It can be proven by induction that $$\sum_{k=1}^{n}\frac{1}{k^2}\leq2-\frac{1}{n}$$

From here, we can easily acquire the upper bound of the sum $$\sum_{k=1}^{99}\frac{1}{k^2}$$ letting $n=100$.

However, I am not quite sure about the lower bound. The standard method of constructing lower rectangles of unit width on the curve $y=\frac{1}{x^2}$ yields a lower bound of $0.99$, which isn't tight enough unfortunately. What could I do to achieve a sharper bound?

I know that as $n\rightarrow \infty$, the sum converges to $\frac{\pi^2}{6}$, but I feel that proving that result, just for this inequality, is a bit much.

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    $\begingroup$ One thing that might work is this: Don't apply any "method" for the first few terms - say 1 + 1/2^2 = 5/4, period. Apply whatever method to the sum of the remaining terms. The point being those approximations are probably very bad for the first few terms... $\endgroup$ – David C. Ullrich Aug 25 '15 at 18:01
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    $\begingroup$ Rectangular strips... you're on the right track! Just isolate the first strip and compare the remaining 98 with the curve. See my answer below. $\endgroup$ – hypergeometric Aug 25 '15 at 18:25

This approach as inspired by the Riemann sum. Basically, comparing the area of rectangular strips of unit width and height $\frac 1{k^2}$ with the area under the curve $y=\frac 1{k^2}$.

$$\begin{align} 1+\int_2^{100}\frac 1{k^2}dk<&\sum_{k=1}^{99}\frac 1{k^2}<1+\int_1^{99}\frac 1{k^2}dk\\ 1.49<&\sum_{k=1}^{99}\frac 1{k^2}<1.99 \end{align}$$

  • $\begingroup$ +1: curiously the numerical values are the same than in my (telescoping sum) answer! $\endgroup$ – Raymond Manzoni Aug 25 '15 at 18:33
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    $\begingroup$ Well done! A +1 ... this embedded the "spirit" of the question I believe $\endgroup$ – Mark Viola Aug 25 '15 at 18:59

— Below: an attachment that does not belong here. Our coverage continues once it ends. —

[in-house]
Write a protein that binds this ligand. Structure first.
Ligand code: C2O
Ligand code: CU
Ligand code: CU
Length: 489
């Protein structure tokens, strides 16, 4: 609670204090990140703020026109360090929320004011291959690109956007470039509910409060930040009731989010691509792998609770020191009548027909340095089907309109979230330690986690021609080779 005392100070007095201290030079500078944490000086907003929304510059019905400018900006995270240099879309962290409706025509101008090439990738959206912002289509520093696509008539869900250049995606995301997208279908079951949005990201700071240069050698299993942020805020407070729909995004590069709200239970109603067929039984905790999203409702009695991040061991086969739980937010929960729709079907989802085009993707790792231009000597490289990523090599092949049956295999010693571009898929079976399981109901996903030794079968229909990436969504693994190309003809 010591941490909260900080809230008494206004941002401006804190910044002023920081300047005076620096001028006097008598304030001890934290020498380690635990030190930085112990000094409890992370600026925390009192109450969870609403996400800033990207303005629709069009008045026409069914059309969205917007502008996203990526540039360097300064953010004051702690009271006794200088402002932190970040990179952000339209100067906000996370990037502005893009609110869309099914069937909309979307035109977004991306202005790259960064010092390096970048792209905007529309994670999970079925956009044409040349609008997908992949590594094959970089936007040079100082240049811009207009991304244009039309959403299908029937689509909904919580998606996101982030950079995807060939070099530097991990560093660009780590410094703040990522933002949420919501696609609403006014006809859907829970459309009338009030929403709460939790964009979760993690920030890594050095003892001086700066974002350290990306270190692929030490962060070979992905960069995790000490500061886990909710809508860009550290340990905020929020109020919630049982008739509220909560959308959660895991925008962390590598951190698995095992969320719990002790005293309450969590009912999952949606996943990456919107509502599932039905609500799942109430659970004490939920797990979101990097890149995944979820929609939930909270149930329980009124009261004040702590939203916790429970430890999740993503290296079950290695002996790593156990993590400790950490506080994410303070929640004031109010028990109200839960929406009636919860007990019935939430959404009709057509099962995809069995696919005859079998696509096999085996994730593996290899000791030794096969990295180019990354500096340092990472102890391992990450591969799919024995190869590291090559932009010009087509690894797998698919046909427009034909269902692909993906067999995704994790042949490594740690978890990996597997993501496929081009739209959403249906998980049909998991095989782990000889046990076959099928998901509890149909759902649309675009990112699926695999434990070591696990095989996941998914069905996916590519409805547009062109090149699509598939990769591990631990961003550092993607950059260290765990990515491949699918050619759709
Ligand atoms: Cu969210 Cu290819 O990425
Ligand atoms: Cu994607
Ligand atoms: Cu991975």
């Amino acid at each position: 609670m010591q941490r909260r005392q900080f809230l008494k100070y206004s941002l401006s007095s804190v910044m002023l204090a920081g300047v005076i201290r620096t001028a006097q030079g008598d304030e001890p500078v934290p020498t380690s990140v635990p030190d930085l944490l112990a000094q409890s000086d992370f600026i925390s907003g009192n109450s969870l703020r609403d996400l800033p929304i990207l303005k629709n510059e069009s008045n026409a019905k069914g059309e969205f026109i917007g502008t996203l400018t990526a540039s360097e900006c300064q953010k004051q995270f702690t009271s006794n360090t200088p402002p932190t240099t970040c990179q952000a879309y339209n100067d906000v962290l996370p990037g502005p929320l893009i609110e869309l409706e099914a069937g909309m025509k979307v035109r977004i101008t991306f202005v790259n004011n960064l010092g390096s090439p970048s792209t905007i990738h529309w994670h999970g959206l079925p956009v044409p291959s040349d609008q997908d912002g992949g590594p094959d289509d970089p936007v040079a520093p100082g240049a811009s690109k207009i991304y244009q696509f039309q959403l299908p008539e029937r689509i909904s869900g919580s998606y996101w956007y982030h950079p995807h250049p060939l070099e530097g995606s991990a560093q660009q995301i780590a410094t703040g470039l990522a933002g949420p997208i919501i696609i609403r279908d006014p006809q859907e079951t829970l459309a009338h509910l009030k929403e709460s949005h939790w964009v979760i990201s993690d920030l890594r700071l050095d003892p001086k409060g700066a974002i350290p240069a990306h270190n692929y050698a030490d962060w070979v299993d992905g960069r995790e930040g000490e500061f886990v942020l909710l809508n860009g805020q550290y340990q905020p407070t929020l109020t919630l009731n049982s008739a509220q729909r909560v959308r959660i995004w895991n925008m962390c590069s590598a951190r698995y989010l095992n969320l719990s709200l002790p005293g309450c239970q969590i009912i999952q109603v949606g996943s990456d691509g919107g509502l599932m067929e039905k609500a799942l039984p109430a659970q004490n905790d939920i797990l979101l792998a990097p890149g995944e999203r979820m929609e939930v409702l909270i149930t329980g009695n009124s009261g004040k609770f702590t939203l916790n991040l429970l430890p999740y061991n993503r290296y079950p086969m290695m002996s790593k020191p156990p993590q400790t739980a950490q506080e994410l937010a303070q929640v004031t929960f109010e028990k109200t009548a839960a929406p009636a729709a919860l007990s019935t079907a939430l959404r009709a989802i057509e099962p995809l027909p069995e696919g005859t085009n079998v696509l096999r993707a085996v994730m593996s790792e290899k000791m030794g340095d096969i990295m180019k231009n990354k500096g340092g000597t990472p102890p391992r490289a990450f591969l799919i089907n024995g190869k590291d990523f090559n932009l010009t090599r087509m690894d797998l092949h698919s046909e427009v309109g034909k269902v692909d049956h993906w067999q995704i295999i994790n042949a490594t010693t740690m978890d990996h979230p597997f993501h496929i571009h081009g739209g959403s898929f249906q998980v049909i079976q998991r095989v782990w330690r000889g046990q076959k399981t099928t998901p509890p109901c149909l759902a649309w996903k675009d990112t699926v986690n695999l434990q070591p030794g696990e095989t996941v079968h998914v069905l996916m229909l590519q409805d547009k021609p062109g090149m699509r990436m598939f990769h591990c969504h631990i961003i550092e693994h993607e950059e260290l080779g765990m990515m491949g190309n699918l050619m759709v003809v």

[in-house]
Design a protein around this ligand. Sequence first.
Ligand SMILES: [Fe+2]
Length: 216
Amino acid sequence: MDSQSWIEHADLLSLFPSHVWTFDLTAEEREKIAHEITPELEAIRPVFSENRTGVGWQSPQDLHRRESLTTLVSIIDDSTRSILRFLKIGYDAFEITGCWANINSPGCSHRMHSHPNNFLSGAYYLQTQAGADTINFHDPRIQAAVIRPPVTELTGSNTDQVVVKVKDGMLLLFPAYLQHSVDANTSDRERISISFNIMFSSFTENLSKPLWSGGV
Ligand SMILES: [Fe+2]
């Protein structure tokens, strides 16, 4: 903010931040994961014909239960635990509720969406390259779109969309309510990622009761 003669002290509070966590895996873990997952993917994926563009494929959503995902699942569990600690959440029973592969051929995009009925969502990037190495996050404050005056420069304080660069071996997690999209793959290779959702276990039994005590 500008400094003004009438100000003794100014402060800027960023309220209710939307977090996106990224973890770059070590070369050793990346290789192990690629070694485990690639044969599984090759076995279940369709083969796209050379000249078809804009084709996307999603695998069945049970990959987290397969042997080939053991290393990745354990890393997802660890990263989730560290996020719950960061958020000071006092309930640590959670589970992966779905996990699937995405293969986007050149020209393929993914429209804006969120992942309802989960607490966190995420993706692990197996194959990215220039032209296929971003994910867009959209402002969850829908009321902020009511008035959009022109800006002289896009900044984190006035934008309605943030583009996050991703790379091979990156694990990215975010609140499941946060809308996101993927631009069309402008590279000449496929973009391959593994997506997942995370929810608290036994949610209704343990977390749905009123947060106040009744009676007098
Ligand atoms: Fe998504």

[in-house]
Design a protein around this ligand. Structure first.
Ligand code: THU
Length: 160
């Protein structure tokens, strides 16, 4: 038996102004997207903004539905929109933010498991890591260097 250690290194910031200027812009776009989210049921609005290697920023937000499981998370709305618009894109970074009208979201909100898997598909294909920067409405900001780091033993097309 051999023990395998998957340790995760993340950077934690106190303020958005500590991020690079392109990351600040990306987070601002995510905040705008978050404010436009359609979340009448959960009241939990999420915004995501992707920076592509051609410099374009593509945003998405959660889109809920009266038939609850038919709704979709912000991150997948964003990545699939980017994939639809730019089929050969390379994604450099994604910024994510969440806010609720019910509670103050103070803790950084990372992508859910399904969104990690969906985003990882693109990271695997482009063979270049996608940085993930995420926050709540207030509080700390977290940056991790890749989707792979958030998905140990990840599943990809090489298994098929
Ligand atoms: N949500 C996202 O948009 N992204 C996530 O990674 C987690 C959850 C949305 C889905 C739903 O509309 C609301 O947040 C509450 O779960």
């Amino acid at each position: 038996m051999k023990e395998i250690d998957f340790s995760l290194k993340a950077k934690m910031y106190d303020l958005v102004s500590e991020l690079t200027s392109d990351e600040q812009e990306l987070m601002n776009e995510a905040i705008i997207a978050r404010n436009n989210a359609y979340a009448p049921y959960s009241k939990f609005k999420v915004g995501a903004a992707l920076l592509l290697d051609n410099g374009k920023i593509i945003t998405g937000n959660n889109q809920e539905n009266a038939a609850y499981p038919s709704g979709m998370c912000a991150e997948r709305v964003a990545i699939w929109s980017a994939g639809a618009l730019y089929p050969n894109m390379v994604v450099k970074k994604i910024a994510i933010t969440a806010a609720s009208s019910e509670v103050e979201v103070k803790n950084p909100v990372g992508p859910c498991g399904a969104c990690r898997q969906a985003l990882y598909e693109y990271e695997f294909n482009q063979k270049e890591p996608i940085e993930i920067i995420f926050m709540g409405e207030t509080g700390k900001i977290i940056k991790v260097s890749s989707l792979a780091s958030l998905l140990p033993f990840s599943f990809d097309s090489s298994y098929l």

• $\begingroup$ @Dr.MV - Thank you! Very kind of you to say so :) $\endgroup$ – hypergeometric Aug 26 '15 at 6:18
  • $\begingroup$ @RaymondManzoni - Thank you! Yes, I did notice the curious coincidence. Or is it a coincidence at all? $\endgroup$ – hypergeometric Aug 26 '15 at 6:19
  • $\begingroup$ Well of course not since $\int_n^{n+1}\frac {dk}{k^2}=\frac 1{n\,(n+1)}$ but neat anyway. Cheers, $\endgroup$ – Raymond Manzoni Aug 26 '15 at 6:53

Hint: Telescoping and $$1+\sum_{k=2}^{99}\frac{1}{k\;(k+1)}<\sum_{k=1}^{99}\frac{1}{k^2}<1+\sum_{k=2}^{99}\frac{1}{k\;(k-1)}$$


For the lower bound, just compute the first few terms: $$ \sum_{k=1}^{6}\frac{1}{k^2} \approx 1.4913 > 1.49 $$

The exact value is $$ \sum_{k=1}^{6}\frac{1}{k^2} = \frac{5369}{3600} = 1.4913\bar8 $$


Following the creative telescoping approach I used to solve another question,

$$\frac{1}{m}+\frac{1}{2m^2}+\frac{1}{6m^3}-\frac{1}{30m^5}\leq\sum_{n\geq m}\frac{1}{n^2}\leq\frac{1}{m}+\frac{1}{2m^2}+\frac{1}{6m^3}\tag{1}$$ hence: $$\frac{1}{m}-\frac{1}{2m^2}+\frac{1}{6m^3}-\frac{1}{30m^5}\leq\sum_{n> m}\frac{1}{n^2}\leq\frac{1}{m}-\frac{1}{2m^2}+\frac{1}{6m^3}\tag{2}$$ and by setting $m=100$ we have: $$ 0.009950166663\ldots\leq\frac{\pi^2}{6}-H_{100}^{(2)}\leq 0.009950166666\ldots\tag{3} $$ so:

$$ \sum_{n=1}^{99}\frac{1}{n^2}=\color{red}{1.6348839}+E,\qquad |E|\leq \color{red}{10^{-9}}. \tag{4}$$


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